Perhaps one man who doesn't get enough credit for his influence on the face of contemporary music is Cabaret Voltaire founding member Richard H. Kirk. I remember reading a review for his "Number of Magic" album years ago in a magazine, the critic calling Kirk the funkiest white man in music today. Being the backbone of C.V.'s music since their early start as a post-punk outfit, later becoming one of the most influential industrial bands, it's easy to see why, as Kirk brought the funk no matter what the genre. C.V. would later explore acid house and ambient music before Kirk would go on to focus on a multitude of solo endeavors. Despite all of the music phases Cabaret Voltaire would go through, there was always a curious and perfect merging of African tribal and contemporary black musics with very euro-centric industrial and synth-laden soundscapes. None of this music sounded forced or seemed nearly as pretentious as it might look in writing. Richard explains how he and his band were influenced musically in the excellent documentary Synth Britiannia. In the meantime, the above tracks are from my favorite Richard H. Kirk release, 1994's "Virtual State", released on Warp. I listened to that album a lot during the summer of '95, and it still reminds me of summertime today. Below is a video for the track "Big Funk" from 1985, featuring Cabaret Voltaire exploring more of a pop sound while still keeping things on an experimental tip. Rumor has it the band will reform and tour again, but I'll believe it when I see it. Whatever the case, enjoy the tunes, and if no one's looking, cut some rug while you're at it.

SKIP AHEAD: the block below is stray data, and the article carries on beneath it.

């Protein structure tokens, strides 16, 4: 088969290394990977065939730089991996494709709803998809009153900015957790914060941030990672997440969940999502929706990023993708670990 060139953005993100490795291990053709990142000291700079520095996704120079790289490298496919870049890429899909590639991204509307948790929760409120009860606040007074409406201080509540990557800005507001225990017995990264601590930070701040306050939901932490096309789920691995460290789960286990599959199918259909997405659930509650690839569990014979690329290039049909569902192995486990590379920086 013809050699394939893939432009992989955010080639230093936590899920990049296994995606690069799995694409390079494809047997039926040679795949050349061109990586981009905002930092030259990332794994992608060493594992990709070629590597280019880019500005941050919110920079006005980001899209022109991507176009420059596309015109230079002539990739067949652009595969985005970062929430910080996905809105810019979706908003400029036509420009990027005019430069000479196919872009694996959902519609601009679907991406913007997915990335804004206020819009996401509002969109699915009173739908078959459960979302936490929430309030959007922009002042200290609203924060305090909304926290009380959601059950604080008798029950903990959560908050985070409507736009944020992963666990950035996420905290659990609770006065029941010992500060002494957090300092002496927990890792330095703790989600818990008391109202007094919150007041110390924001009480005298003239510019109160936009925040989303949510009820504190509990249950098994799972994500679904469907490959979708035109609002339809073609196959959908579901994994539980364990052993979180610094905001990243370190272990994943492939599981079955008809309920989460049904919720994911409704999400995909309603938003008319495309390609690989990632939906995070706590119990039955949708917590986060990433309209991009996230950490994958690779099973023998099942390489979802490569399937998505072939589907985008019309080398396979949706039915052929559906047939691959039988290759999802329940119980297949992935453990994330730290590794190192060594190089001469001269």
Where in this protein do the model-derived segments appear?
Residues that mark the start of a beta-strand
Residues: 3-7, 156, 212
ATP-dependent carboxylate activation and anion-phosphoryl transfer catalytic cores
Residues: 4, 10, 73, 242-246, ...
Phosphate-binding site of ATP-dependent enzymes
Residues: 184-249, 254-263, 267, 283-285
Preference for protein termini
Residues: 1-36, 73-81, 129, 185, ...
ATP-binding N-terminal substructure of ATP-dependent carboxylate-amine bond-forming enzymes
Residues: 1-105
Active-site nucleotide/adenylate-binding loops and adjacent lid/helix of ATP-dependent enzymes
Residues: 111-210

Sunday, May 8, 2011